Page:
Low-E glass has a microscopically thin, transparent layer that reflects long-wave infrared energy and is much thinner than a human hair (or heat).
Short-wave solar infrared light is reflected by several low-e materials.
During the winter, when the inside heat energy tries to escape to the colder outside, the low-e coating reflects the heat back to the inside, decreasing radiant heat loss through the glass.
During the summer, the opposite occurs.
Low-e glass functions similarly to a thermos, to offer a simplified illustration.
The silver lining of a thermos reflects the temperature of the beverage within.
Because of the continual reflection that happens, as well as the insulating benefits that the air space provides between the inner and outer shells of the thermos, similar to double glazing, the temperature is maintained.
When compared to standard glass, low-e glass can reduce the amount of heat that is conducted through the glass by roughly 30%.
Low-e glass enhances thermal efficiency even more by reducing glare and preventing ultra-violet ray damage to interior furnishings.
In recent years, low-e coatings have are commonl combined with laminated and toned glass to further enhance it’s benefits over ordinary glass.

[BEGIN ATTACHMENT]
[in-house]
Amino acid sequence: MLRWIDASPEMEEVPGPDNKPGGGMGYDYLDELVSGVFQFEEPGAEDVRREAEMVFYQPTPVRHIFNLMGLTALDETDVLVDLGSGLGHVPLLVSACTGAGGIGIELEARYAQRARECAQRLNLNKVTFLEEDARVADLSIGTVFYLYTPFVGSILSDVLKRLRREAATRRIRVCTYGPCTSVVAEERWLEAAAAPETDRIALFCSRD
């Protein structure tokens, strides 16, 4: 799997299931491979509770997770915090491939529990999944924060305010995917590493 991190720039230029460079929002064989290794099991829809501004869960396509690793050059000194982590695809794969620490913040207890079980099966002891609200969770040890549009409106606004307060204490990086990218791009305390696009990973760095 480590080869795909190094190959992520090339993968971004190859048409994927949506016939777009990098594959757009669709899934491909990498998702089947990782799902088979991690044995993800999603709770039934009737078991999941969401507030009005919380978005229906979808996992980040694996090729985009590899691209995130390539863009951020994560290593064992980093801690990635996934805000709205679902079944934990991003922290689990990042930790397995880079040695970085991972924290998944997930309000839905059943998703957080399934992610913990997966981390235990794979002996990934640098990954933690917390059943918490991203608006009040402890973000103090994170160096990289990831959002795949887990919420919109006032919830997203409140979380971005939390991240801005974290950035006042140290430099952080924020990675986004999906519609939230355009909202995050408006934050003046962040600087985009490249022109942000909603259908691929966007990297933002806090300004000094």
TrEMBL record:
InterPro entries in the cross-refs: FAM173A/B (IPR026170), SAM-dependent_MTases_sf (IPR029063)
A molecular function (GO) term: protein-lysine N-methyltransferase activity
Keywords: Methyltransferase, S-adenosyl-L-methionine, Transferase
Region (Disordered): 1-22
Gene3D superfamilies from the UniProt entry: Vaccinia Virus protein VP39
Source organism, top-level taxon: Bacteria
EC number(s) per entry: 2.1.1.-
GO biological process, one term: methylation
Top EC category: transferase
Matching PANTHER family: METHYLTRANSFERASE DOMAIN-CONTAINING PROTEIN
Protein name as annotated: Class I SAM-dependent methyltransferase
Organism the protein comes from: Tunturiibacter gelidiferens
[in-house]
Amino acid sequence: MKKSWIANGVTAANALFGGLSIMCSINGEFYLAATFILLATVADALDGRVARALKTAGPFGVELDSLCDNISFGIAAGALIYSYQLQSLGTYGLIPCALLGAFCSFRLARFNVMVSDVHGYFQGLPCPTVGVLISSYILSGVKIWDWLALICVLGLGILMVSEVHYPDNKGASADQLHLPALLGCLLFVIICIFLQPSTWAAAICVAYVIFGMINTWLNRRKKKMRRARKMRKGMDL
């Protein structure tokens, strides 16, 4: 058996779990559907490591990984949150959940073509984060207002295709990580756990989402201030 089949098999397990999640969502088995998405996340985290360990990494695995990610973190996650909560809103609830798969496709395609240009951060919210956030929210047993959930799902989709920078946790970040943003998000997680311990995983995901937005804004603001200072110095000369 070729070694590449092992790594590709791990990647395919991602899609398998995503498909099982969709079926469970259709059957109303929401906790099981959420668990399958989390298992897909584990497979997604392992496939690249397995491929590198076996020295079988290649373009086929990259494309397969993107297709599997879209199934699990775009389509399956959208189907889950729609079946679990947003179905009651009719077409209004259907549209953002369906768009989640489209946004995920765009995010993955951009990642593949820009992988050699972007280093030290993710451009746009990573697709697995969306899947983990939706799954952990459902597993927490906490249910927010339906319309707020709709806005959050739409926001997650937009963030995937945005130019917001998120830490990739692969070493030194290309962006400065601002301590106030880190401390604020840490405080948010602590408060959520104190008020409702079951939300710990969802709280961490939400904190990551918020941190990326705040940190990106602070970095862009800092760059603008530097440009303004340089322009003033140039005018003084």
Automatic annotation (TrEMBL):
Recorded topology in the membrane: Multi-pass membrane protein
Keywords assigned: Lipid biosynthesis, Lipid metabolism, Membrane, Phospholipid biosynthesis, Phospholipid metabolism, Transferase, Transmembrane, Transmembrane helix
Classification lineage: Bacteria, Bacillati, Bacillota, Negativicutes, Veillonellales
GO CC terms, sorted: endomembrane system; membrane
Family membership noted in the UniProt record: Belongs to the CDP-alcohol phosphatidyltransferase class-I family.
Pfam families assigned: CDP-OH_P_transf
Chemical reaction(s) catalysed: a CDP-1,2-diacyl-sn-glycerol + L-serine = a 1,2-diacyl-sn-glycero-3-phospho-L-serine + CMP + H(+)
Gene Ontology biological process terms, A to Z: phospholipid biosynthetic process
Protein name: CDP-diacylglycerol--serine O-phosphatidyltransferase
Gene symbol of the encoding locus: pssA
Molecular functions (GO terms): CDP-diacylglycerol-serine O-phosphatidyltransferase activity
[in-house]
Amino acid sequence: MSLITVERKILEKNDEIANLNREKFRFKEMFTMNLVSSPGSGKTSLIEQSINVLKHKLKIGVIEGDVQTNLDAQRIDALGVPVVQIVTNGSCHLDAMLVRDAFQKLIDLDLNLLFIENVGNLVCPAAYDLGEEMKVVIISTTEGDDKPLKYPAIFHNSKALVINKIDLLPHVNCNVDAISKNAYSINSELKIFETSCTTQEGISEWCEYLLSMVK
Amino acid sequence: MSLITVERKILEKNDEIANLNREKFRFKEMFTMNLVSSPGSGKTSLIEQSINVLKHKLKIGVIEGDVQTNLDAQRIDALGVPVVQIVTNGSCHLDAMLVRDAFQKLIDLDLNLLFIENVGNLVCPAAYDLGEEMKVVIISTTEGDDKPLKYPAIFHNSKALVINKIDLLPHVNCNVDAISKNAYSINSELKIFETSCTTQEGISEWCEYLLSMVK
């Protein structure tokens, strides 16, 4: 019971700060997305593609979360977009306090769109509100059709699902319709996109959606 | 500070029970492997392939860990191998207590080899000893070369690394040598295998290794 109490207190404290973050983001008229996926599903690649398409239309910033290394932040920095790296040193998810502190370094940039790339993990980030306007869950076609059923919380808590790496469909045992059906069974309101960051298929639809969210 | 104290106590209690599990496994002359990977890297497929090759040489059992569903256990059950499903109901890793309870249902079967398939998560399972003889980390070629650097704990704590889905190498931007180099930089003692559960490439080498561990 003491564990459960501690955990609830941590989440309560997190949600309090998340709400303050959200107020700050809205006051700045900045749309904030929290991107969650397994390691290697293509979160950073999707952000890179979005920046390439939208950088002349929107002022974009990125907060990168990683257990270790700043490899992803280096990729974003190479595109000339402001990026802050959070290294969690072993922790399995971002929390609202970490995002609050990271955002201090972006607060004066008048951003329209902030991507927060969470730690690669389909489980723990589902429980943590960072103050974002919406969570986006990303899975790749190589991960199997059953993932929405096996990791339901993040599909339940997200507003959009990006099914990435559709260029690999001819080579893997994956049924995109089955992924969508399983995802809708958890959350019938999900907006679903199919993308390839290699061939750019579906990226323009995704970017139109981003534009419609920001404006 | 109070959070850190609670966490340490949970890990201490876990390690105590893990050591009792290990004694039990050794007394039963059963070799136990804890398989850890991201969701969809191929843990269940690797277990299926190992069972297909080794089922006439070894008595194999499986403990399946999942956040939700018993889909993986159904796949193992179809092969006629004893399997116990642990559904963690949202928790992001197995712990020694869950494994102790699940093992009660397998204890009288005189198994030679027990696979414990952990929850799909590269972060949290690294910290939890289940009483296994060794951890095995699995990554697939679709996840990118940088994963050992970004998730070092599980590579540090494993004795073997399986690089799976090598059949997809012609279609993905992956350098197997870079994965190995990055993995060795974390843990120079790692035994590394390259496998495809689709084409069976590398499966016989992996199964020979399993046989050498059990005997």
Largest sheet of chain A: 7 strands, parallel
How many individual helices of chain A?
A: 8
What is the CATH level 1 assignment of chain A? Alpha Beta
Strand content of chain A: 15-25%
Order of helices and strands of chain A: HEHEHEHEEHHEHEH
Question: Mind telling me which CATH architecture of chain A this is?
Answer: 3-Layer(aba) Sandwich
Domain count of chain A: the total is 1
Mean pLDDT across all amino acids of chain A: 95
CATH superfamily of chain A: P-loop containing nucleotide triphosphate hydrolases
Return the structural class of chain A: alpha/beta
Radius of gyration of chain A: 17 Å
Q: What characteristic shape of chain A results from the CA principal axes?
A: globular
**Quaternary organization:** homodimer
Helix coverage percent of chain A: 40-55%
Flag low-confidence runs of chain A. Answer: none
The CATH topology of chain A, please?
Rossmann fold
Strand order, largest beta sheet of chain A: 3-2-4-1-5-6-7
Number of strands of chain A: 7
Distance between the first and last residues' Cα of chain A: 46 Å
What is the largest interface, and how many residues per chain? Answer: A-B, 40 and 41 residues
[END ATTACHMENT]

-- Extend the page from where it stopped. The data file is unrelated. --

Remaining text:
Combining a low-e coating with double glazing provides the most comprehensive solution.
When compared to normal 3mm glass, low-e coating with a proper frame can limit up to 70% of heat leakage and 77 percent of heat gain.
The main downside of low-e glass is that it is more expensive than regular glass.
Low-e glass will trap the heat radiating from things within on facades that are in direct sunshine, potentially leading to interior overheating.
Additionally, glass with a low-e coating is easily etched when it is touched by metal and the cleaning process is different from other types of glass which is traditionally cleaned with metal blades. Using the same process to clean low-e glass will permanently damage them.